Failing to Register as a Sex Offender and the Consequences
In California, those convicted of sex crimes must register as a sex offender. This registry must always remain up-to-date as it is an active list that the state and the community can routinely check. Furthermore, each conviction carries different requirements on how long the convicted individual must remain registered. If a person fails to register or renew their registration, they can face an additional criminal charge (and possible conviction). Therefore, if you have been legally mandated to register as a sex offender and renew your registration at certain periods, then it is imperative that you do so. If you have any questions about your rights and the law, please contact us for more information.
The Elements to Prove for Conviction
A person has to register as a sex offender if they commit a sex crime and these include, but are not limited to, the following: rape, statutory rape, and sexual battery. There are many more crimes that can require registration. Furthermore, renewal dates can vary. An important aspect of this crime is the willful intent to not register. The defendant must have intentionally failed to do so. Therefore, the prosecutor must prove several elements in order to convict the defendant: the defendant must have a previous sex crime conviction, they must be a resident of California, and the defendant must have known they are required to register and then willfully chosen not to register.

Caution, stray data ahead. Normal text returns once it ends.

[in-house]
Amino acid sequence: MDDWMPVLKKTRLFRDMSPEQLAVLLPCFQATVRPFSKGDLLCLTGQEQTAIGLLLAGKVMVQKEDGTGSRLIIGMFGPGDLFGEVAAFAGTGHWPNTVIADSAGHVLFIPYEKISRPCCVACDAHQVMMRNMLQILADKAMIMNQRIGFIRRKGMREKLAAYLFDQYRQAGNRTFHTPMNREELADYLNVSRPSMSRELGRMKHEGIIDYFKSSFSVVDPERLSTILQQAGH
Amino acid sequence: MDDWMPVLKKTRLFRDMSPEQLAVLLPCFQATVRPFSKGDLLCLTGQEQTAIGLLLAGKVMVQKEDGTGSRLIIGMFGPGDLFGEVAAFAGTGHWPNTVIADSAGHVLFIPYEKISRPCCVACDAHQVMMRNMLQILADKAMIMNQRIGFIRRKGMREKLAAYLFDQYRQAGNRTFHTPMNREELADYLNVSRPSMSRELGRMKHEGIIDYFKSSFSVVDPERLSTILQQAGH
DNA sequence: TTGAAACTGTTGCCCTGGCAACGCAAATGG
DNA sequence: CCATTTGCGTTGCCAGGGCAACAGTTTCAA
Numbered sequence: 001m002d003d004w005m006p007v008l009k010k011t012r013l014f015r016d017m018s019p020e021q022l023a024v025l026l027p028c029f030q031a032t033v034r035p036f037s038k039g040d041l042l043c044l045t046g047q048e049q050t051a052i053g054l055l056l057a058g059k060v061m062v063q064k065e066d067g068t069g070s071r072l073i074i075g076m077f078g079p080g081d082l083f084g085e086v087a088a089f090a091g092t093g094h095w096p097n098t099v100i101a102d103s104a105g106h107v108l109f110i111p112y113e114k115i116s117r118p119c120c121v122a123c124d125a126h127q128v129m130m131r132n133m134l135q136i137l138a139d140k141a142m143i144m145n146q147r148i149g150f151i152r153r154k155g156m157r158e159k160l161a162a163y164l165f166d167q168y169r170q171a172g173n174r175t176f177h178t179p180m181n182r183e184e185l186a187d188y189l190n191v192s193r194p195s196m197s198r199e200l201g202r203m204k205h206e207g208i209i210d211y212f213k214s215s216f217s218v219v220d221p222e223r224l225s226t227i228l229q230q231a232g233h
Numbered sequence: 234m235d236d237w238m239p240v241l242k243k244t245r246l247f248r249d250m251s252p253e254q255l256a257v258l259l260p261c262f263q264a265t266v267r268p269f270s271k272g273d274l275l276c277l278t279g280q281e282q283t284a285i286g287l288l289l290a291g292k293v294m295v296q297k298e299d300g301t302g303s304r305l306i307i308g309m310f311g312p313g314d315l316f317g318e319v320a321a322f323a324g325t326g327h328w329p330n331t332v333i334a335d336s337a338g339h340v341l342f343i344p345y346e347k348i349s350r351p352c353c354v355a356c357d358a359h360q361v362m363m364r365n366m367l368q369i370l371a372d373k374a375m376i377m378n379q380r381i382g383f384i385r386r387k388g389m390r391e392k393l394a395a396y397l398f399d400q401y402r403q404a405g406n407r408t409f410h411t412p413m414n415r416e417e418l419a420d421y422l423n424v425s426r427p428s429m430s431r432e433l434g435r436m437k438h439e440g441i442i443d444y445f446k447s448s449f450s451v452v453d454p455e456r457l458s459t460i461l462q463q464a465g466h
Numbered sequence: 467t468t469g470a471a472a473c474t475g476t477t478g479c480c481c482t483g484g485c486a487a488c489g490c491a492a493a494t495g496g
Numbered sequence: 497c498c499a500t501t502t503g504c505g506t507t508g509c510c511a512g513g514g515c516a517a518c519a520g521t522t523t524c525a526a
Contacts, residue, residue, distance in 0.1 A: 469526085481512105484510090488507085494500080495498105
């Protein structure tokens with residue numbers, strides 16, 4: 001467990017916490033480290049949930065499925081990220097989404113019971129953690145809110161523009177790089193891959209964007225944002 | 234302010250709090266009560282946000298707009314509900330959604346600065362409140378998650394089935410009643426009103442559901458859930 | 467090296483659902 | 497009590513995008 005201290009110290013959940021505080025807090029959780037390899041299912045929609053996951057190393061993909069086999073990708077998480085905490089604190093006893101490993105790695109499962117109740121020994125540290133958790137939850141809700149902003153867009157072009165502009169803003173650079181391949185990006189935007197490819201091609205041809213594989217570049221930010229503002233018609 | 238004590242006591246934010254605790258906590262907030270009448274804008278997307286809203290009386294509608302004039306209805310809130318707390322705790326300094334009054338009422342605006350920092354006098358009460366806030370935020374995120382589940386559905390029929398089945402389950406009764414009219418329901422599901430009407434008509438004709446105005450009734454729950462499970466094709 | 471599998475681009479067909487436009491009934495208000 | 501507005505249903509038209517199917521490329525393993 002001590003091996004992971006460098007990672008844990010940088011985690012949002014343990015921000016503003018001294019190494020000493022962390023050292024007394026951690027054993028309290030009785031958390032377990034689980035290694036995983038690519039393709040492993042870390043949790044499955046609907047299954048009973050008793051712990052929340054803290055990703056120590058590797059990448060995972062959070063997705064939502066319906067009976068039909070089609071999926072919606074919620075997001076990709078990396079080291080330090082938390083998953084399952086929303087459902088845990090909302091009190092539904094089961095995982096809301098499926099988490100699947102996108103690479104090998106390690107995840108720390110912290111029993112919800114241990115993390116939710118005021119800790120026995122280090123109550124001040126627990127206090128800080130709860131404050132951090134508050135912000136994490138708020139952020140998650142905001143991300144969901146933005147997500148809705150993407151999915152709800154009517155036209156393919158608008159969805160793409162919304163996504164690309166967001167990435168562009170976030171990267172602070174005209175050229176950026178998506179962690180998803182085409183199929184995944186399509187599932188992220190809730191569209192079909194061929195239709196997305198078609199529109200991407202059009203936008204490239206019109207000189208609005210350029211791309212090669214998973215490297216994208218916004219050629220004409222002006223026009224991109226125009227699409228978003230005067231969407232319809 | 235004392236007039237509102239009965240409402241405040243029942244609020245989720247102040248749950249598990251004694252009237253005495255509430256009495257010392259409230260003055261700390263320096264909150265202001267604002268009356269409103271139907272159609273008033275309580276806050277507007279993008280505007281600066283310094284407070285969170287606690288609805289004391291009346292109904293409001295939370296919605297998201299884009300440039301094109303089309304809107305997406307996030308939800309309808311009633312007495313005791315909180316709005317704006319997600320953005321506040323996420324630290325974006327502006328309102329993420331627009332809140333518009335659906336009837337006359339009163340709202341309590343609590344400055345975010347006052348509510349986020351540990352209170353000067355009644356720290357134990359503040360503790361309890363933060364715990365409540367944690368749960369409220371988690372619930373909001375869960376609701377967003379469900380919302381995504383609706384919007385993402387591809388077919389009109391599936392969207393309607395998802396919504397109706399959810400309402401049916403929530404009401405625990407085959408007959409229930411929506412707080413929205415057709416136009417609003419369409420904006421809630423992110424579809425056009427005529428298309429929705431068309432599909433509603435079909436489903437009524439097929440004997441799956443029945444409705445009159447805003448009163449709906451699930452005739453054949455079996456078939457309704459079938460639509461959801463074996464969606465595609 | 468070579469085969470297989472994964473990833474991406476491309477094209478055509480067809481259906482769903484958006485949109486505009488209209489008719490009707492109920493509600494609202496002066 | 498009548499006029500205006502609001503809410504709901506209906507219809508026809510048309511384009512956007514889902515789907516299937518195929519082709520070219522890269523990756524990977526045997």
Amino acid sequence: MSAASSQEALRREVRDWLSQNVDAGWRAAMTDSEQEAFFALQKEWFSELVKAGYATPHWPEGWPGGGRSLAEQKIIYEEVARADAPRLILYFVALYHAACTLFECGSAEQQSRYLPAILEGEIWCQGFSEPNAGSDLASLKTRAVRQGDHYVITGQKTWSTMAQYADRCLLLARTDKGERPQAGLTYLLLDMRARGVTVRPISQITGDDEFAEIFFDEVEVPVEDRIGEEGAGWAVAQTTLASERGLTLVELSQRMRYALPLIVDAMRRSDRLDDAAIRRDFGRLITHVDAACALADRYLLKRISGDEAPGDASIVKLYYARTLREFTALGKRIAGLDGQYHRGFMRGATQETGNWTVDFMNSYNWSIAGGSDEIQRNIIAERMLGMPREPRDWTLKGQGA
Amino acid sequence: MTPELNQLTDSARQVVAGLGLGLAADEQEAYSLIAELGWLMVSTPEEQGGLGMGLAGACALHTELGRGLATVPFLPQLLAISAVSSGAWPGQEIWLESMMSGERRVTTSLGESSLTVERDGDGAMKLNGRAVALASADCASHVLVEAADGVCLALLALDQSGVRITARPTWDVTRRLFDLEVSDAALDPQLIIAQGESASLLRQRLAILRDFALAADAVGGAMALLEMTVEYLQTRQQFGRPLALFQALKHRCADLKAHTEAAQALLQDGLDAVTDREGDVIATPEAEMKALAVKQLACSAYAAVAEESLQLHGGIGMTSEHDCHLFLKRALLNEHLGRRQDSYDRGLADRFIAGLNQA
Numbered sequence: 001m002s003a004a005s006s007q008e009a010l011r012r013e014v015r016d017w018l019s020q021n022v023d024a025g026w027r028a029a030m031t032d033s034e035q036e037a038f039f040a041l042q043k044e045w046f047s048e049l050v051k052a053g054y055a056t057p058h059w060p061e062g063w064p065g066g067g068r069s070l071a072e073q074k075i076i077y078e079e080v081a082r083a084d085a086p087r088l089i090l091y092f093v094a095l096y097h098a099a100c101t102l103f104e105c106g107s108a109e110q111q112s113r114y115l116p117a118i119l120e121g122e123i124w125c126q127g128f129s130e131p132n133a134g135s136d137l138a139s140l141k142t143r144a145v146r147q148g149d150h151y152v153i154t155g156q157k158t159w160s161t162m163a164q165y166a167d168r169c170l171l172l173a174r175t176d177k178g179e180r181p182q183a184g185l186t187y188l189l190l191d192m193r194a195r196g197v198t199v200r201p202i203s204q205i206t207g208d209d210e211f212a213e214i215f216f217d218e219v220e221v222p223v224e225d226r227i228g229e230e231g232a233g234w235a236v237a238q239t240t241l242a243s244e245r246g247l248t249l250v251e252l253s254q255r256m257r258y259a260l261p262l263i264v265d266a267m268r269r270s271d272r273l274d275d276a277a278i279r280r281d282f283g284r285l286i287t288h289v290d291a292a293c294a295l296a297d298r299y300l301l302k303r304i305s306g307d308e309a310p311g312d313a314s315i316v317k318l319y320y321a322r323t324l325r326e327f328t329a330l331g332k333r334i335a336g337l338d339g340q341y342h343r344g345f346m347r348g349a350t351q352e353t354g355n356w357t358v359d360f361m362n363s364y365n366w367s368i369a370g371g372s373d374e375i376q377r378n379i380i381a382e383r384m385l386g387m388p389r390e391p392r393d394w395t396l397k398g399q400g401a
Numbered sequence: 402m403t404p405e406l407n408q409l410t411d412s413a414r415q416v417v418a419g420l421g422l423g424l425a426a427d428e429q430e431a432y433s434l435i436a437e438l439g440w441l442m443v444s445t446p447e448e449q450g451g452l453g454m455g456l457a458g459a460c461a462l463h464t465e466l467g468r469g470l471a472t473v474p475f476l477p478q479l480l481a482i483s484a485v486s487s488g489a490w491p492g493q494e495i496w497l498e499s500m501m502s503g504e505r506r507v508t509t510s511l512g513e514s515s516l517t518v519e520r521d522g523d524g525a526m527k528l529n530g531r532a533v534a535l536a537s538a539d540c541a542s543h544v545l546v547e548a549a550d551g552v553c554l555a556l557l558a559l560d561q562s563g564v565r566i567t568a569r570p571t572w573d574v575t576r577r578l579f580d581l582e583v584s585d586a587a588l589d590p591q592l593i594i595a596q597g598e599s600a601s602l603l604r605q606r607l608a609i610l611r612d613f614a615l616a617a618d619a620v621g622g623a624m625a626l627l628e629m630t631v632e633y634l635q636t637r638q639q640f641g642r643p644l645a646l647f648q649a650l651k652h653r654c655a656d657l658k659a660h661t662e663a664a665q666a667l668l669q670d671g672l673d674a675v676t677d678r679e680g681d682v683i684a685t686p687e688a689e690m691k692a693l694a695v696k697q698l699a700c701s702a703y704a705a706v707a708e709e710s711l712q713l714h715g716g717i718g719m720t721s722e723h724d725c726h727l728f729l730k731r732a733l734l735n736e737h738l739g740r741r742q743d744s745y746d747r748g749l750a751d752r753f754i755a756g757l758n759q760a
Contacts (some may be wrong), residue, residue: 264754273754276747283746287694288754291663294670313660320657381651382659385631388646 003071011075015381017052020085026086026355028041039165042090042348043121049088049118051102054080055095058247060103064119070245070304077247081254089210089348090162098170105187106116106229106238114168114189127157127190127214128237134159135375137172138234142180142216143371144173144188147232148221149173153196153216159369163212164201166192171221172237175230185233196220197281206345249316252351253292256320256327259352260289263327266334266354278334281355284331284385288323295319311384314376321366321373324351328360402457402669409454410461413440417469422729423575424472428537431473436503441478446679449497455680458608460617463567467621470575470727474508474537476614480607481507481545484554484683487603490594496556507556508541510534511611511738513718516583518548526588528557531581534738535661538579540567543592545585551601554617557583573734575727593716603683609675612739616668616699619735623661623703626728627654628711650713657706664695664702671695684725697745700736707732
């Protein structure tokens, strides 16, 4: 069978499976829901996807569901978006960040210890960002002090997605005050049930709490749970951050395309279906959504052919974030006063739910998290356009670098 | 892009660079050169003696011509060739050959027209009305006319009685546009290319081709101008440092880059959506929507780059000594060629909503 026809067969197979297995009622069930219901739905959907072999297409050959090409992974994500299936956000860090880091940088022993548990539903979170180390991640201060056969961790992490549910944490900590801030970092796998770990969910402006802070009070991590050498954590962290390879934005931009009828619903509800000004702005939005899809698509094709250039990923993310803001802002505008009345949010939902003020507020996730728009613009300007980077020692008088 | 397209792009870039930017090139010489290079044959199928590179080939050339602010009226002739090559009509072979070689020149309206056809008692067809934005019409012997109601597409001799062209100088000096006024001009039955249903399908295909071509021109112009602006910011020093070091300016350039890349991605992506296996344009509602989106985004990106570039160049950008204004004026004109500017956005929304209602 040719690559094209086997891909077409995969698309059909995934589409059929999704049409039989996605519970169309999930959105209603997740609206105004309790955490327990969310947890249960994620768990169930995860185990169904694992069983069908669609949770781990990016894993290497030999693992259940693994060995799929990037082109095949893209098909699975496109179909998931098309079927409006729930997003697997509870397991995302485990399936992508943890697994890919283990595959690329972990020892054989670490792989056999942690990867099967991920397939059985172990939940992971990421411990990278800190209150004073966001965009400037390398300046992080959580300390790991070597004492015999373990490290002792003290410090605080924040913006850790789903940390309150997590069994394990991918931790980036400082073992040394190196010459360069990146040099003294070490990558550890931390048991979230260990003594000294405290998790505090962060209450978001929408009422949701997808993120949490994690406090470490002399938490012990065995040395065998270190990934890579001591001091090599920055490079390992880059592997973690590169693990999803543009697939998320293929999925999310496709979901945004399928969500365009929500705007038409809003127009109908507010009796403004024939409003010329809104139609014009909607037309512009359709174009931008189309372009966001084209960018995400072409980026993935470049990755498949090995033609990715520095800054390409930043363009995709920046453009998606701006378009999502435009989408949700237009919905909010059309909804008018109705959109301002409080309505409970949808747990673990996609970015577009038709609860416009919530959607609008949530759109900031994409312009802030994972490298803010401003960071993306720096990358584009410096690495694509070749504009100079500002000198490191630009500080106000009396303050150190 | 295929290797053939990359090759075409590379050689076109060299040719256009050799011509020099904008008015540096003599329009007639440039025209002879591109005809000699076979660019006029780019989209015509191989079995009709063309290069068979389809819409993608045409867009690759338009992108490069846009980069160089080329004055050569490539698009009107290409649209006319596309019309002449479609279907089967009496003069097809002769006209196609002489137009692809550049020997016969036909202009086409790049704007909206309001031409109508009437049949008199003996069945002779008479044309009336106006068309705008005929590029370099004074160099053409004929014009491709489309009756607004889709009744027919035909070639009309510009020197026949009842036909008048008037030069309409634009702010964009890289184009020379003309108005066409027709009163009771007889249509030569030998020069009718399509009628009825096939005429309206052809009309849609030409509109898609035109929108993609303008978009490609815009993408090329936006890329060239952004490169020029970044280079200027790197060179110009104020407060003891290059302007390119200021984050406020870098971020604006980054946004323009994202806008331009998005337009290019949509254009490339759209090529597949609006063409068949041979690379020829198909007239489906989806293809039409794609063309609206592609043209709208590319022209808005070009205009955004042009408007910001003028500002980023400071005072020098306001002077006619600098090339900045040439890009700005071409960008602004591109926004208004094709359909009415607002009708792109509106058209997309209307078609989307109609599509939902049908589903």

Penalties for Failing to Register
If the prosecution successfully proves the aforementioned elements without a reasonable doubt, the defendant will face either a misdemeanor or a felony. The choice between the two offenses is made based on the defendant’s principal offense. Both require serving probation and paying fines; however, a misdemeanor requires jail time whereas a felony will result in years in a state prison facility. We encourage you to reach out to us and speak with us about your case.